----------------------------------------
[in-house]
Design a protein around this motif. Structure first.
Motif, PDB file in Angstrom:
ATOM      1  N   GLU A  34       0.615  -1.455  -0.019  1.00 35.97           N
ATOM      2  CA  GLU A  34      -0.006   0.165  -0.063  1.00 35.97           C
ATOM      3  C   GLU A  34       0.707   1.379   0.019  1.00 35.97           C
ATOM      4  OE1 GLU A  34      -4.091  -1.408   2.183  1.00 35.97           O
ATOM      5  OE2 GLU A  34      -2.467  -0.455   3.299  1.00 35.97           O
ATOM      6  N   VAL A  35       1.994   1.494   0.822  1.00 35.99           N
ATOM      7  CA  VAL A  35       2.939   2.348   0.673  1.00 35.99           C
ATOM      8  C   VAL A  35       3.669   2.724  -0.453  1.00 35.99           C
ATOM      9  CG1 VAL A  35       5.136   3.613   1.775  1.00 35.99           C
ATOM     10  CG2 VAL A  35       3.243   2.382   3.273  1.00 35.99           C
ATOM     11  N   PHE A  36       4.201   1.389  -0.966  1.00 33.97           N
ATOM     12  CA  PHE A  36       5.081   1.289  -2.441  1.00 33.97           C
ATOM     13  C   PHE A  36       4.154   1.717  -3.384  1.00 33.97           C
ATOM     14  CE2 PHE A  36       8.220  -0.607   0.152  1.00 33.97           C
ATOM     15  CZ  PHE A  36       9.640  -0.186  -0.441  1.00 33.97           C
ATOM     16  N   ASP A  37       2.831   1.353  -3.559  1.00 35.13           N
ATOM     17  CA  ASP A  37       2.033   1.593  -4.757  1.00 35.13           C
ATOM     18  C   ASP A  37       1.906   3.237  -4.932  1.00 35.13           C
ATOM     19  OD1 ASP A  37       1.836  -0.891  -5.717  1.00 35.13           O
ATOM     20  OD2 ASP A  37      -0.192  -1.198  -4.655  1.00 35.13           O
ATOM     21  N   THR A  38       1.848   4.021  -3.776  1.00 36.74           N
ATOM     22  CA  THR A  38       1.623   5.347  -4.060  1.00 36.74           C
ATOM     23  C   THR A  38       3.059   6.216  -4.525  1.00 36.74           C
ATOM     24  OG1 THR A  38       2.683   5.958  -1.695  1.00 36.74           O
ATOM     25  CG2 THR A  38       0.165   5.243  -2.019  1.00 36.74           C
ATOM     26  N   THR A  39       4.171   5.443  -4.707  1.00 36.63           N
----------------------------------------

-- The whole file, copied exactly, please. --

[in-house]
Design a protein around this motif. Structure first.
Motif, PDB file in Angstrom:
ATOM      1  N   GLU A  34       0.615  -1.455  -0.019  1.00 35.97           N
ATOM      2  CA  GLU A  34      -0.006   0.165  -0.063  1.00 35.97           C
ATOM      3  C   GLU A  34       0.707   1.379   0.019  1.00 35.97           C
ATOM      4  OE1 GLU A  34      -4.091  -1.408   2.183  1.00 35.97           O
ATOM      5  OE2 GLU A  34      -2.467  -0.455   3.299  1.00 35.97           O
ATOM      6  N   VAL A  35       1.994   1.494   0.822  1.00 35.99           N
ATOM      7  CA  VAL A  35       2.939   2.348   0.673  1.00 35.99           C
ATOM      8  C   VAL A  35       3.669   2.724  -0.453  1.00 35.99           C
ATOM      9  CG1 VAL A  35       5.136   3.613   1.775  1.00 35.99           C
ATOM     10  CG2 VAL A  35       3.243   2.382   3.273  1.00 35.99           C
ATOM     11  N   PHE A  36       4.201   1.389  -0.966  1.00 33.97           N
ATOM     12  CA  PHE A  36       5.081   1.289  -2.441  1.00 33.97           C
ATOM     13  C   PHE A  36       4.154   1.717  -3.384  1.00 33.97           C
ATOM     14  CE2 PHE A  36       8.220  -0.607   0.152  1.00 33.97           C
ATOM     15  CZ  PHE A  36       9.640  -0.186  -0.441  1.00 33.97           C
ATOM     16  N   ASP A  37       2.831   1.353  -3.559  1.00 35.13           N
ATOM     17  CA  ASP A  37       2.033   1.593  -4.757  1.00 35.13           C
ATOM     18  C   ASP A  37       1.906   3.237  -4.932  1.00 35.13           C
ATOM     19  OD1 ASP A  37       1.836  -0.891  -5.717  1.00 35.13           O
ATOM     20  OD2 ASP A  37      -0.192  -1.198  -4.655  1.00 35.13           O
ATOM     21  N   THR A  38       1.848   4.021  -3.776  1.00 36.74           N
ATOM     22  CA  THR A  38       1.623   5.347  -4.060  1.00 36.74           C
ATOM     23  C   THR A  38       3.059   6.216  -4.525  1.00 36.74           C
ATOM     24  OG1 THR A  38       2.683   5.958  -1.695  1.00 36.74           O
ATOM     25  CG2 THR A  38       0.165   5.243  -2.019  1.00 36.74           C
ATOM     26  N   THR A  39       4.171   5.443  -4.707  1.00 36.63           N